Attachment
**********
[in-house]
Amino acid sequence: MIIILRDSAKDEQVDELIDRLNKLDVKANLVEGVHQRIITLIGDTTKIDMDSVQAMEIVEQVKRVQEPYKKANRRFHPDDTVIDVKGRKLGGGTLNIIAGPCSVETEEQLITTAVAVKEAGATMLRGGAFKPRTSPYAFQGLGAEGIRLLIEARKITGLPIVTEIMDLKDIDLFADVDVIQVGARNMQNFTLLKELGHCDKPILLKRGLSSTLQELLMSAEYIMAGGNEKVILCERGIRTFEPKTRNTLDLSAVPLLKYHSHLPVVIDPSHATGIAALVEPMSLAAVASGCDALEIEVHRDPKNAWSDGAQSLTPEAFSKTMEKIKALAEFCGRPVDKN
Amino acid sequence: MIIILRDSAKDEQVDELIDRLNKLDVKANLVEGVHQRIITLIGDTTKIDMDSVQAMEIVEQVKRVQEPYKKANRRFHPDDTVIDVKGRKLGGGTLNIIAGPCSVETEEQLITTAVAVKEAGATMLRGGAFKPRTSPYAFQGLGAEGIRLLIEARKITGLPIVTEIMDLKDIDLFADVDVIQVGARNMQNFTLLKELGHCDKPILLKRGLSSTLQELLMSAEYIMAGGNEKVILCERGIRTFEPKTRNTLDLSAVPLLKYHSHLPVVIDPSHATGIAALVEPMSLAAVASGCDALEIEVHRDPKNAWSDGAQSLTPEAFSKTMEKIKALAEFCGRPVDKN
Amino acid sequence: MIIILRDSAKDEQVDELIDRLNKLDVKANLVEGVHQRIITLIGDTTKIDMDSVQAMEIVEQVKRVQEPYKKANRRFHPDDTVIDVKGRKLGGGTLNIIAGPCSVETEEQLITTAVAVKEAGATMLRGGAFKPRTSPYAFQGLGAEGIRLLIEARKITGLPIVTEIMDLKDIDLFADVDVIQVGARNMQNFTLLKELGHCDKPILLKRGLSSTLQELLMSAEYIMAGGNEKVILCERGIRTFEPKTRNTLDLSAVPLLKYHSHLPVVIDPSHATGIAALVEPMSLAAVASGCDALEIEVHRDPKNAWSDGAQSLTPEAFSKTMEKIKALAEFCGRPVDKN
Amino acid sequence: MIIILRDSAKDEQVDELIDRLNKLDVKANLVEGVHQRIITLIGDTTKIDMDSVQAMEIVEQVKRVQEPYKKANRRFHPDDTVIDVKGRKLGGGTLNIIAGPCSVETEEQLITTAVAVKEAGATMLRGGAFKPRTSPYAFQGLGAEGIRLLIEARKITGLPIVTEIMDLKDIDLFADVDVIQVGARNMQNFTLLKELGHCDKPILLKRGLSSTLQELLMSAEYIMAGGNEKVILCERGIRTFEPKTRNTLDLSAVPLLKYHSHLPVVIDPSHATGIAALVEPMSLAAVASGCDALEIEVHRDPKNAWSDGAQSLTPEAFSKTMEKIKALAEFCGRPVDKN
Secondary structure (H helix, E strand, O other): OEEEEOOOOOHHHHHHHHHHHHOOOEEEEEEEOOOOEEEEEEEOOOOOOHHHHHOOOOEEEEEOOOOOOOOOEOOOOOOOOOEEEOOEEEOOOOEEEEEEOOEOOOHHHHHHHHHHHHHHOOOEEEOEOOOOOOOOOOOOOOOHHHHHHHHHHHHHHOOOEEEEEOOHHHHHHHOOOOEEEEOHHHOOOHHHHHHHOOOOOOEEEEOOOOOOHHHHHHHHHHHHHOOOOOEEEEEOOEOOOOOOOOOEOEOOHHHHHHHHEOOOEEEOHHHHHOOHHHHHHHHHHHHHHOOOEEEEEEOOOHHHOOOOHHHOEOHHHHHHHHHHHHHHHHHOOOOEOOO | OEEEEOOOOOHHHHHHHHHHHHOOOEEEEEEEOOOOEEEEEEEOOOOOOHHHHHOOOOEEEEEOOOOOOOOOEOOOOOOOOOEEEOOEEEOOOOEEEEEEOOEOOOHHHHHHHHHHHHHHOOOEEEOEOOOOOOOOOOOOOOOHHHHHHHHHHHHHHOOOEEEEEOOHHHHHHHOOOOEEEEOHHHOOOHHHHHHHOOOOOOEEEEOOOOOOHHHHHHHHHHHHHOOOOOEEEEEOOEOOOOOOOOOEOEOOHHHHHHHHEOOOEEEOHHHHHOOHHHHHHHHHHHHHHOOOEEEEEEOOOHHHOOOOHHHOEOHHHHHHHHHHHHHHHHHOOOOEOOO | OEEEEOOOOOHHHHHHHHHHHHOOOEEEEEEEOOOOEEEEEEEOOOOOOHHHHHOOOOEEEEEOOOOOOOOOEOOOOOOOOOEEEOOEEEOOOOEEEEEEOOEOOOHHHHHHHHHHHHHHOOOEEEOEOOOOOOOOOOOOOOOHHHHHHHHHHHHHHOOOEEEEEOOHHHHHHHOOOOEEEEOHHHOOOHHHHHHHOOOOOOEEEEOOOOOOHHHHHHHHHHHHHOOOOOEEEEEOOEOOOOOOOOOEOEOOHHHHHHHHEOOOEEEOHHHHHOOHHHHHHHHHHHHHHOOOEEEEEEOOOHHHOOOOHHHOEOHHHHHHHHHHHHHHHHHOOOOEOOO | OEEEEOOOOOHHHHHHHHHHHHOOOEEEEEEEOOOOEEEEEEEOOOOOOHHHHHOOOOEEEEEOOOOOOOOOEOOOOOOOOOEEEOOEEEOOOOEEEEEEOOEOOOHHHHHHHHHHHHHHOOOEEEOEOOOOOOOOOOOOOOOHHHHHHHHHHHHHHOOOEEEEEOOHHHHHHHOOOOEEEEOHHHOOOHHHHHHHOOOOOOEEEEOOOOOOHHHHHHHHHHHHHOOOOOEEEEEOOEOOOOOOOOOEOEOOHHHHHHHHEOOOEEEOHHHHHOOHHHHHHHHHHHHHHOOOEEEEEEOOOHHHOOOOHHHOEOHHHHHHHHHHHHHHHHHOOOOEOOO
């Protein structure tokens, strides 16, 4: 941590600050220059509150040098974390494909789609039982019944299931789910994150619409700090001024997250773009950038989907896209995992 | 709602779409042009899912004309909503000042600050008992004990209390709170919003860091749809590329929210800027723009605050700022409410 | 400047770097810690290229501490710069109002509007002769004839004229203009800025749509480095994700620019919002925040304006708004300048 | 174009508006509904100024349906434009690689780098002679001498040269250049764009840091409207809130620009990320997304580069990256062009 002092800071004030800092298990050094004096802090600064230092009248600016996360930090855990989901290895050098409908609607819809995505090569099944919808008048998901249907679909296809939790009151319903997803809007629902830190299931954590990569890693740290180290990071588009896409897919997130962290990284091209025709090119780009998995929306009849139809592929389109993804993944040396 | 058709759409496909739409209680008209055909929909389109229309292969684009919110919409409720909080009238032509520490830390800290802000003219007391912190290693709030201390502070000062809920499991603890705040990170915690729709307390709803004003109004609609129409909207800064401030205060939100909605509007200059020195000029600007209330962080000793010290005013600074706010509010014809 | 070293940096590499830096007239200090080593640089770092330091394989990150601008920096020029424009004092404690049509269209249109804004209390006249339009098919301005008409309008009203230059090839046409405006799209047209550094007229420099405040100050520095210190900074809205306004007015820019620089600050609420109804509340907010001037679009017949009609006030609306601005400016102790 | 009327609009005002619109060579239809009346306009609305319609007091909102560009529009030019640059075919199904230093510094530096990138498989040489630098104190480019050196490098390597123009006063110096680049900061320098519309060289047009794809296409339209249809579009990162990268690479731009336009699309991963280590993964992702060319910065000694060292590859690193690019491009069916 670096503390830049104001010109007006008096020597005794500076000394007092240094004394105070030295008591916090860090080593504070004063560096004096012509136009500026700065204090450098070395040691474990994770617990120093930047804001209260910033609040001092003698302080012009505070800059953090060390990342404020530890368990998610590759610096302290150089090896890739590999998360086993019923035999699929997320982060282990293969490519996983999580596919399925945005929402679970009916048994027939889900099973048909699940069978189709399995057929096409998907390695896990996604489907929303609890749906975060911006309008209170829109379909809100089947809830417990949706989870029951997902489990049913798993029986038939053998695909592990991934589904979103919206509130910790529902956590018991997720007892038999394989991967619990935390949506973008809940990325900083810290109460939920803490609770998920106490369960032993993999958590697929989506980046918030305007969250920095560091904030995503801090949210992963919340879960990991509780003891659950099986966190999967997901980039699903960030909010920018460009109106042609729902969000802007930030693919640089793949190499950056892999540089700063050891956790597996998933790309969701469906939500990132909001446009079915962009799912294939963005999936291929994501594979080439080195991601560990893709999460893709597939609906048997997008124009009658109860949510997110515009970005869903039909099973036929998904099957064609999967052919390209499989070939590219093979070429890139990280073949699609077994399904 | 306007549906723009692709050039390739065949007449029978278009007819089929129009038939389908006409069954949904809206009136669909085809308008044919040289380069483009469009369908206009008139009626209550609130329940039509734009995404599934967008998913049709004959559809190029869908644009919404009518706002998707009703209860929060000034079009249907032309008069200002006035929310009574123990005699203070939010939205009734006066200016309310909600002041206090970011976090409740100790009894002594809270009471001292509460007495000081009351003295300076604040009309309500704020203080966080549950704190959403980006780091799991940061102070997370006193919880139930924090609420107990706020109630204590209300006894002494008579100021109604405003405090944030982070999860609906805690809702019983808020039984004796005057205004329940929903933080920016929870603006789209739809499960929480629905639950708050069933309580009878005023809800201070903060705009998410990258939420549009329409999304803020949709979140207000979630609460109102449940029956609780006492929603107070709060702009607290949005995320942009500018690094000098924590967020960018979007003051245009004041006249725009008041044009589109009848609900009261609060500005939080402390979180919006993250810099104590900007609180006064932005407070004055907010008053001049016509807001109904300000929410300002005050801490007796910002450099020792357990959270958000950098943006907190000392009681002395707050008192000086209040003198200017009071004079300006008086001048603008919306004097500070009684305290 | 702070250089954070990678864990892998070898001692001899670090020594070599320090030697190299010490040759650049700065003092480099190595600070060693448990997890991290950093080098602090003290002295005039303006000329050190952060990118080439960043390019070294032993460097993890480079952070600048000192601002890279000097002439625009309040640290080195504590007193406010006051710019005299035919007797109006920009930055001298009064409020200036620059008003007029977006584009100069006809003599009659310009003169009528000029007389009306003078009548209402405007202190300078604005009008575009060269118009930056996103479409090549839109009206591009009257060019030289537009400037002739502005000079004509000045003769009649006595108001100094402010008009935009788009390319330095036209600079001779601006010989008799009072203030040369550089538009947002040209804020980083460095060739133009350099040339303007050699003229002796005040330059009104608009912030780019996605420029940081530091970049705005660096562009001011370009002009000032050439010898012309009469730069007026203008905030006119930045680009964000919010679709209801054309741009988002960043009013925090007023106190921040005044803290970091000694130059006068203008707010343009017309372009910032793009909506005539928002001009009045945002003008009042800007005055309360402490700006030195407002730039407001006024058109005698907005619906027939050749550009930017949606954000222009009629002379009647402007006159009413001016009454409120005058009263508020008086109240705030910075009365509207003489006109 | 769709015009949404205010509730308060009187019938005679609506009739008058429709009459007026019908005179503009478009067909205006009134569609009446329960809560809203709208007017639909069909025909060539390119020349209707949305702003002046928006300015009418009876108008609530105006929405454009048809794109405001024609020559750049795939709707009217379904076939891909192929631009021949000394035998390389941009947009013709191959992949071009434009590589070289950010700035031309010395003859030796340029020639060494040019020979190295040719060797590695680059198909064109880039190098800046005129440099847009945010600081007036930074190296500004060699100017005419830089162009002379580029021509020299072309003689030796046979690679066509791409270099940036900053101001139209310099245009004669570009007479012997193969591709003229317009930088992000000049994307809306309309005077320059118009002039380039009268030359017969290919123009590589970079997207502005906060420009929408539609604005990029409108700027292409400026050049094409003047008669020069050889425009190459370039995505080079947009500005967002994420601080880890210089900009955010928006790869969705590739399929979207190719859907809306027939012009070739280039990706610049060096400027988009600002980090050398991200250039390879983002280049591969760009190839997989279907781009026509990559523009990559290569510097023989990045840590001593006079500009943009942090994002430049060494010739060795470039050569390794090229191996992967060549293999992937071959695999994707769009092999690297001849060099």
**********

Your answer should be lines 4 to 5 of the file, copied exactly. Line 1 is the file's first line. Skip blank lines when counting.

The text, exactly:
Amino acid sequence: MIIILRDSAKDEQVDELIDRLNKLDVKANLVEGVHQRIITLIGDTTKIDMDSVQAMEIVEQVKRVQEPYKKANRRFHPDDTVIDVKGRKLGGGTLNIIAGPCSVETEEQLITTAVAVKEAGATMLRGGAFKPRTSPYAFQGLGAEGIRLLIEARKITGLPIVTEIMDLKDIDLFADVDVIQVGARNMQNFTLLKELGHCDKPILLKRGLSSTLQELLMSAEYIMAGGNEKVILCERGIRTFEPKTRNTLDLSAVPLLKYHSHLPVVIDPSHATGIAALVEPMSLAAVASGCDALEIEVHRDPKNAWSDGAQSLTPEAFSKTMEKIKALAEFCGRPVDKN
Amino acid sequence: MIIILRDSAKDEQVDELIDRLNKLDVKANLVEGVHQRIITLIGDTTKIDMDSVQAMEIVEQVKRVQEPYKKANRRFHPDDTVIDVKGRKLGGGTLNIIAGPCSVETEEQLITTAVAVKEAGATMLRGGAFKPRTSPYAFQGLGAEGIRLLIEARKITGLPIVTEIMDLKDIDLFADVDVIQVGARNMQNFTLLKELGHCDKPILLKRGLSSTLQELLMSAEYIMAGGNEKVILCERGIRTFEPKTRNTLDLSAVPLLKYHSHLPVVIDPSHATGIAALVEPMSLAAVASGCDALEIEVHRDPKNAWSDGAQSLTPEAFSKTMEKIKALAEFCGRPVDKN